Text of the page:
Exciting Times for Construction, But Can We Build Smarter? 1

Wednesday, October 28th, 2015
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It’s an exciting time for Australia’s construction industry.

There’s renewed optimism for the future, encouraged by new Prime Minister Malcolm Turnbull’s focus on cities and the built environment. The new Cities and Built Environment Portfolio and its Minister, Jamie Briggs, are evidence the Prime Minister recognises the importance of the construction sector to the economy.

Turnbull says his cabinet is a “21st century government” and that “liveable cities, efficient productive cities, the environment of cities, are economic assets.” Of course, there would be no city assets without the construction sector. It’s a significant industry for Australia, contributing more than $200 billion to the economy, representing 7.5 per cent of GDP and providing work for more than one million people. There’s no doubt the building industry is vital to Australia’s future, but there still remain challenges in growing and remaining progressive.

Like many other industries, construction is a global business where new technologies and innovations are constantly evolving as companies aim to secure a competitive advantage. Continuous improvement and smarter building should become the key objectives.

It’s widely acknowledged that the global construction industry has already started down the path on this journey. Analysis of increased use of off-site manufactured products in construction has identified significant positive impact including reduction in construction time, simplification of the construction process, higher quality and consistency in products, reduction in on-site risks and less waste both on and off-site. Traditional craft-based on-site fabrication is slowly shifting off-site, both here and overseas, and the precast concrete industry is a leader in this transformation. Here in Australia, Laing O’Rourke is just one example where innovation ranks high on the agenda, with its recognition that using more off-site manufactured products like precast will reap a plethora of rewards.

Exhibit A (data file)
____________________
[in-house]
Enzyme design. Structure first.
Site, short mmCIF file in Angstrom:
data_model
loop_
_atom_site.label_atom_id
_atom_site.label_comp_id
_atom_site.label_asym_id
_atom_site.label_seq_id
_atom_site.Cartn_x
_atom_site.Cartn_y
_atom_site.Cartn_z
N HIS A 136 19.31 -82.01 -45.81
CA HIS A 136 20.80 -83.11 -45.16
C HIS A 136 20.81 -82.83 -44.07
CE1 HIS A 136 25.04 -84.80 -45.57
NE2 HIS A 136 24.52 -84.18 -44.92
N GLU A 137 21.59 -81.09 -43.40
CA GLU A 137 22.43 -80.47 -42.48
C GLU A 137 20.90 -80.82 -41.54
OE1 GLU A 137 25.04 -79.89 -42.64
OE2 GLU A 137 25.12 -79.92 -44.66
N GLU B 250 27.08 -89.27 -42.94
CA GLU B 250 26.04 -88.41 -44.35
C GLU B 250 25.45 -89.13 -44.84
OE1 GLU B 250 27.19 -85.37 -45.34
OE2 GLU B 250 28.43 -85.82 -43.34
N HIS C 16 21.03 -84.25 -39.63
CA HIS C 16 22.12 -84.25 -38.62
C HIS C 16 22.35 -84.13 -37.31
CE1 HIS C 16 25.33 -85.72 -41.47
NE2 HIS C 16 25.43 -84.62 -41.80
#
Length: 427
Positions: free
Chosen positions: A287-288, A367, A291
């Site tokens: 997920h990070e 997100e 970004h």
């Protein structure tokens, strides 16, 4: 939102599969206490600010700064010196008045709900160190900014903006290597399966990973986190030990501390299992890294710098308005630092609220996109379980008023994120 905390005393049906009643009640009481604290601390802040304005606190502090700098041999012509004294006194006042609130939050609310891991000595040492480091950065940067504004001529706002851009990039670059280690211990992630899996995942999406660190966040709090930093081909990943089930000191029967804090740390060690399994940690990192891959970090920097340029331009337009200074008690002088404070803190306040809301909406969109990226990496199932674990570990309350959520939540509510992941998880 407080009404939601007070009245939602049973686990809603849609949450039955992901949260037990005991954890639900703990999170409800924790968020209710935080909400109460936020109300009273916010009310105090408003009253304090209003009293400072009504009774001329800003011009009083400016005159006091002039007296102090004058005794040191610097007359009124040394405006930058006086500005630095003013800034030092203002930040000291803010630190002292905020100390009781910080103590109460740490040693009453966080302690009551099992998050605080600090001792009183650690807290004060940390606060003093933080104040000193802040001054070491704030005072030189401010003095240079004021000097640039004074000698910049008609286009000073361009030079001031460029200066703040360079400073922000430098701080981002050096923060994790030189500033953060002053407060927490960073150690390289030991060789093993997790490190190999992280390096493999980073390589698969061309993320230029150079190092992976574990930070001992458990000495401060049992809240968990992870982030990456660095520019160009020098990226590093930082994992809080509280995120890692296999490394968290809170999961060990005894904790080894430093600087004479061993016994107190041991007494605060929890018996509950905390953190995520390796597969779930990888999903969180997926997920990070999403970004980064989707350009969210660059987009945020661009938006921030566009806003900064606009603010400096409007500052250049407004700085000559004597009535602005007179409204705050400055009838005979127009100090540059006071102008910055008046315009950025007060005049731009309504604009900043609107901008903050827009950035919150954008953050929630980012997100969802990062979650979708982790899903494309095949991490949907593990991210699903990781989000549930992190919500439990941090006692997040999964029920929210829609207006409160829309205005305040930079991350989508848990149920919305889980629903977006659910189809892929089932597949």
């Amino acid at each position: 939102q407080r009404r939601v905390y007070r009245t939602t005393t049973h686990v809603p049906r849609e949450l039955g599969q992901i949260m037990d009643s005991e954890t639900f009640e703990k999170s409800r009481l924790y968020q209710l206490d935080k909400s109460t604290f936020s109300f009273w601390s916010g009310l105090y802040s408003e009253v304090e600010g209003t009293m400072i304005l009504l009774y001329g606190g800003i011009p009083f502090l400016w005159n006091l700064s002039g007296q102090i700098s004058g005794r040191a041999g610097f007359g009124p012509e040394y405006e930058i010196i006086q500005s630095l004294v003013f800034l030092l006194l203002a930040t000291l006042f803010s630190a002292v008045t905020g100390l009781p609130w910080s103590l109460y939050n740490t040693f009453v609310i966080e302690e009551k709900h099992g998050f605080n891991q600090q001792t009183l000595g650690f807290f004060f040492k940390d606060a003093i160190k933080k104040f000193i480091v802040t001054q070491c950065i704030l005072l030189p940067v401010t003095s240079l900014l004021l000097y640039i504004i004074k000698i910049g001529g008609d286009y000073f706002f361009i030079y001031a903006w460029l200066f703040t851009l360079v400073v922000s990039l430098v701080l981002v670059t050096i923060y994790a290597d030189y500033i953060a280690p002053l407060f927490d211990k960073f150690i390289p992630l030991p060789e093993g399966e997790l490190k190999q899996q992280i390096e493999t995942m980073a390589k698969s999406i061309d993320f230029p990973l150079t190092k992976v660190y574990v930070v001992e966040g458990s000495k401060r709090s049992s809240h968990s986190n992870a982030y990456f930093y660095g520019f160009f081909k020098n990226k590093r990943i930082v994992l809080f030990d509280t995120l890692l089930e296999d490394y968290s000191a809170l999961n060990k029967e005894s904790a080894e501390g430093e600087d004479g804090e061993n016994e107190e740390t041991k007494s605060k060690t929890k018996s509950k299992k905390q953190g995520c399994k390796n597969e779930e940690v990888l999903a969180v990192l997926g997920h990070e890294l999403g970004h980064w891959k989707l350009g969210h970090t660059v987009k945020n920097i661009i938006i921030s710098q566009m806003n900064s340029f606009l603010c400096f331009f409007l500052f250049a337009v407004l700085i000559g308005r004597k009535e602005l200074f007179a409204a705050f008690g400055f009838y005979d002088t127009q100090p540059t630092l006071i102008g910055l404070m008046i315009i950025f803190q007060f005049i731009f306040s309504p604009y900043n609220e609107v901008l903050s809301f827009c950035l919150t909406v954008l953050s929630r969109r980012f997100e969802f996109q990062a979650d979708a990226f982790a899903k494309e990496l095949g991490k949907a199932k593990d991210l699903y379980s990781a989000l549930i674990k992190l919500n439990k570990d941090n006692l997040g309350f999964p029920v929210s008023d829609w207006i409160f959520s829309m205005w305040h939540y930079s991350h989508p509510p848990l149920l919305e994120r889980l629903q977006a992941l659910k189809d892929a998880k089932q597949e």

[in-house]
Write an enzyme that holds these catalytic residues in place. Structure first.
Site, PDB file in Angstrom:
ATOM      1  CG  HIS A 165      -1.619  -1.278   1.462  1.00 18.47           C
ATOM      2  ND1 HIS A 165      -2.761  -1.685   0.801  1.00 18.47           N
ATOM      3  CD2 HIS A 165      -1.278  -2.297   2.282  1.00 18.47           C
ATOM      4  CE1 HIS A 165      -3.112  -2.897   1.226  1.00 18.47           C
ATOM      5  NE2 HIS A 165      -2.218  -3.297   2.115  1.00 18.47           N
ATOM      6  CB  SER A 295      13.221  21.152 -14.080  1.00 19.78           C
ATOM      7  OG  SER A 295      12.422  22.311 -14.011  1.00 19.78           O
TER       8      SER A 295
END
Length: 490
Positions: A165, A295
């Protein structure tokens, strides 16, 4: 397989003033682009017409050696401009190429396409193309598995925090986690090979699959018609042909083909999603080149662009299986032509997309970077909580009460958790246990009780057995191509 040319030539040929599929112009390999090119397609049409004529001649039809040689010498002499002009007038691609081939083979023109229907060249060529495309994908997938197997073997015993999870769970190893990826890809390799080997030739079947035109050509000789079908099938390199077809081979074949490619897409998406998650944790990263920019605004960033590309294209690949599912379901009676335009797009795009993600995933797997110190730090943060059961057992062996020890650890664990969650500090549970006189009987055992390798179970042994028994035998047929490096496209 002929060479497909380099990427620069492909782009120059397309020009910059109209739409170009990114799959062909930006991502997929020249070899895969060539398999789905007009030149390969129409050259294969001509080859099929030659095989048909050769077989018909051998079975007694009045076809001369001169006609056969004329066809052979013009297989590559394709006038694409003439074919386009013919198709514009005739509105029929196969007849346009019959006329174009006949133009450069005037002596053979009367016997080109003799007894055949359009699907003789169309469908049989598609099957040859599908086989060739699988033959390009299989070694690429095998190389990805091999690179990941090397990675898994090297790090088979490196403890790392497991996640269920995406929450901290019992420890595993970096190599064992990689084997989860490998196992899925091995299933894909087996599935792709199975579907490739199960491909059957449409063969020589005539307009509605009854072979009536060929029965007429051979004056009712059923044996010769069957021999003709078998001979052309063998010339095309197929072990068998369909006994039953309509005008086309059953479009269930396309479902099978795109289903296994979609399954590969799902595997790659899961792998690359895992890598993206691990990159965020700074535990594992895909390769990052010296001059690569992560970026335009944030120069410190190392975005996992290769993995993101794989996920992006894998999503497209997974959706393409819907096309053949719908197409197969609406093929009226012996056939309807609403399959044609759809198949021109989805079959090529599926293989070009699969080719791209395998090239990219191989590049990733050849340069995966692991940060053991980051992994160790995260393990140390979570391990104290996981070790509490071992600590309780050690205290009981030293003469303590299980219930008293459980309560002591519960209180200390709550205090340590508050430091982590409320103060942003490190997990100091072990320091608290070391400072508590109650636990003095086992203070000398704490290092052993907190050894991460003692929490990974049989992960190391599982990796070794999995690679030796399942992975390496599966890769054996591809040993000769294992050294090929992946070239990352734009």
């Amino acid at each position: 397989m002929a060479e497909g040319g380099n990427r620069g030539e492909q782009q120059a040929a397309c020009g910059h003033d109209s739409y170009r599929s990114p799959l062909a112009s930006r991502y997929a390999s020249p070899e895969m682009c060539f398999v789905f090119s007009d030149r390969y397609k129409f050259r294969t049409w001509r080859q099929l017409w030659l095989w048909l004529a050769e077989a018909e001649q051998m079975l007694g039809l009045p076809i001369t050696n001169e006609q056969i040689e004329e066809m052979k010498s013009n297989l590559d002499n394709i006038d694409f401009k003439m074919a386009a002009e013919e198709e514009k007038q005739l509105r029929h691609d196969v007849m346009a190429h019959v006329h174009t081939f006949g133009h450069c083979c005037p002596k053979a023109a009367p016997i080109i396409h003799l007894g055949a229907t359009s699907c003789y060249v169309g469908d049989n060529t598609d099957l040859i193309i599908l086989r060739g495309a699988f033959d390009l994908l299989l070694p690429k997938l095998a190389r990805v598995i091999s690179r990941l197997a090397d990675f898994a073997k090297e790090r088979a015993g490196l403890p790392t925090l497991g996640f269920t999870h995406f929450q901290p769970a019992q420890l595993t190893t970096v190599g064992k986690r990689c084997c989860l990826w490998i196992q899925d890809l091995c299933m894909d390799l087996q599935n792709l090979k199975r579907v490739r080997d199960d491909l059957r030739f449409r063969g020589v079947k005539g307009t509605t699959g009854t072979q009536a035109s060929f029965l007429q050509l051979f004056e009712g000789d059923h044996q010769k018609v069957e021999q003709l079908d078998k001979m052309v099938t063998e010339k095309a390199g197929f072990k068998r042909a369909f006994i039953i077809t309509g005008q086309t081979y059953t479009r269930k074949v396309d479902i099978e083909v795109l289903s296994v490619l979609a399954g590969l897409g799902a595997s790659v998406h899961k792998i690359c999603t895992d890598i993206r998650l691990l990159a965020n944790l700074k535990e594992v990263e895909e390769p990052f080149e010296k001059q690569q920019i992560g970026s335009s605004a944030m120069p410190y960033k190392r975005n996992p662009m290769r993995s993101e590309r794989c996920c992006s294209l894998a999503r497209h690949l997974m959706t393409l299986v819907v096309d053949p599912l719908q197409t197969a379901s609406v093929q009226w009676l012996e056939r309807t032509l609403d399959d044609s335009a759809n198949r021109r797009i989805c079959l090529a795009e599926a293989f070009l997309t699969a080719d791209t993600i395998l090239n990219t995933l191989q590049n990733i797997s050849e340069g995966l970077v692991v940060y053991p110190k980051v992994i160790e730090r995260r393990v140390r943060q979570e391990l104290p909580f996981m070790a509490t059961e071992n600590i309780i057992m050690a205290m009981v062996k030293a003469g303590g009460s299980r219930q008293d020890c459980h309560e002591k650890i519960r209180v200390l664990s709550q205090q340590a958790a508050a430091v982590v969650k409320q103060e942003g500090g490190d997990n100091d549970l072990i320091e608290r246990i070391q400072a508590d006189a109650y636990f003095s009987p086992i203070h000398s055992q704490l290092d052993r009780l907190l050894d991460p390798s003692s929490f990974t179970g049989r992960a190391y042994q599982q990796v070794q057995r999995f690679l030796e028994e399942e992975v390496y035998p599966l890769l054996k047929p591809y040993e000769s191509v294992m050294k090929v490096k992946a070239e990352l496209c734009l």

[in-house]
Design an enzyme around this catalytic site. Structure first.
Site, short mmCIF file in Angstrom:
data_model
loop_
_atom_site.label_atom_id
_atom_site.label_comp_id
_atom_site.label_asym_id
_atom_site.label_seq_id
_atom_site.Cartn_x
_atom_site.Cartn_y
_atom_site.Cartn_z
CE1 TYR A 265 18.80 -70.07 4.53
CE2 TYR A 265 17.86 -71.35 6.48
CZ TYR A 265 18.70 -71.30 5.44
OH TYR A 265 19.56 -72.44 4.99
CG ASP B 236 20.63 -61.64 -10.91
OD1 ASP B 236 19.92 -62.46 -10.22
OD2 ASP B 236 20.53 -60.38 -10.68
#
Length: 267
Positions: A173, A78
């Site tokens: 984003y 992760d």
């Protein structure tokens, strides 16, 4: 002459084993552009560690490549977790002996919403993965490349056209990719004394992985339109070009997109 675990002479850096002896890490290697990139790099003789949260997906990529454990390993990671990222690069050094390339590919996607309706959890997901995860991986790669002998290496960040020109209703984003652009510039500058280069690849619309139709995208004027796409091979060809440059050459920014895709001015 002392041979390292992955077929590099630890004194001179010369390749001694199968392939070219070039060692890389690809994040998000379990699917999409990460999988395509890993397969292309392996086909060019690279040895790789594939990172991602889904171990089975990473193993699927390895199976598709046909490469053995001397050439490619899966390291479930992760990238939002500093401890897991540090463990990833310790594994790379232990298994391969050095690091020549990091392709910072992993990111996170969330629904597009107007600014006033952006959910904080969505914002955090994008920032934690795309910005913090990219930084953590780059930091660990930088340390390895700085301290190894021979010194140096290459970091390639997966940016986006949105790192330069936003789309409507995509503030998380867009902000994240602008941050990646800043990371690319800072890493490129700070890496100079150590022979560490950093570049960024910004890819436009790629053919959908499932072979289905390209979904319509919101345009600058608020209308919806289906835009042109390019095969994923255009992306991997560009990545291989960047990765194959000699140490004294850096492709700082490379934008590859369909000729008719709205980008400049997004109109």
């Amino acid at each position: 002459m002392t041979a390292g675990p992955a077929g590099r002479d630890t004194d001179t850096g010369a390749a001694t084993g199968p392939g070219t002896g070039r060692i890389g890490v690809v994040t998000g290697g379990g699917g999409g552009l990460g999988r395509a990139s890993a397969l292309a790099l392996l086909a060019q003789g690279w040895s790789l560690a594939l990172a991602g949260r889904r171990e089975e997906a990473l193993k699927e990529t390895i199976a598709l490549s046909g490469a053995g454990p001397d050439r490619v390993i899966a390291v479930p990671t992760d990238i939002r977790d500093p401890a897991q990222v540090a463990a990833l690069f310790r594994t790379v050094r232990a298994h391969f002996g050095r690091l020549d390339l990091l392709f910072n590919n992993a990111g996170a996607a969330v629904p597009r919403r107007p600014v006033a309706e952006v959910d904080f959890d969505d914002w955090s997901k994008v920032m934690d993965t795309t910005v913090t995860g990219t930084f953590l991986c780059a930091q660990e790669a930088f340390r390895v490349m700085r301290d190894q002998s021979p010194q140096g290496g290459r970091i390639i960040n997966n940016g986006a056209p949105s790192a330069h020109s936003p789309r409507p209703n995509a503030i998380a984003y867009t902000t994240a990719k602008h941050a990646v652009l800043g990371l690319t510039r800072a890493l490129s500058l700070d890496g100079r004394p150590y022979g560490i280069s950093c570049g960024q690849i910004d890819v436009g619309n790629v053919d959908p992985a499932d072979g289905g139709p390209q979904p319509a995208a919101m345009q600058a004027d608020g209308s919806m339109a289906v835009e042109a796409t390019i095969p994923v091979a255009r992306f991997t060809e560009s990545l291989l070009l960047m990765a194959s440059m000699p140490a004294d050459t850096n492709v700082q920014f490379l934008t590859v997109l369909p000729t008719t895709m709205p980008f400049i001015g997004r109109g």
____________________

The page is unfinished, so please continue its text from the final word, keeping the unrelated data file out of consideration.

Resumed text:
Concrete products that are manufactured off-site demonstrate enormous efficiencies and benefits for the entire industry. Precast concrete offers all of these benefits and more. It is the foundation for sustainable construction in Australia. Locally manufactured using local products, it utilises some of the industry’s most ecological and economical practices. Precast incorporates recycled materials in production and the use of less raw materials results in a large reduction in construction wastage.

It’s not just in the manufacturing process that precast is sustainable; the finished product is also environmentally friendly. When used in residential or commercial construction, precast concrete boasts an extremely high thermal mass. That translates to reduced energy costs for heating and cooling. As well, it is low maintenance, fire safe and extremely durable.

Precast concrete is also one of the most versatile specialisations in the construction industry. Its wide range of products is perfect for commercial, industrial, civil and residential projects. Its use enables speedier builds, which translates to cost savings.

As a leader in promoting the message of innovation and smarter building to the construction sector and committed to a transformation of our industry for the future, the National Precast Concrete Association (NPCA) shares the new Prime Minister’s view on the importance of the sector. NPCA is excited about the industry’s future, particularly with companies like Lang O’Rourke embracing smarter building and moving away from conventional building methods in favour of more efficient methods.

While Lang O’Rourke and a handful of others lead the way, hopefully both the new Prime Minister and Minister Briggs will also be forward thinking and show leadership in developing a progressive 21st century construction industry to align it with its broader “21st century government” national priorities.

As Briggs develops his new Cities and Built Environment portfolio, he should recognise the benefits of off-site manufacturing and promote smarter 21st century methods of construction such as precast concrete. Surely, it’s the where the future of the industry lies.

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  1. Barry

    Timely call Sarah for more prefab building Sarah – particularly given the need for the Australian construction sector to raise both quality and sustainability while cutting down on costs.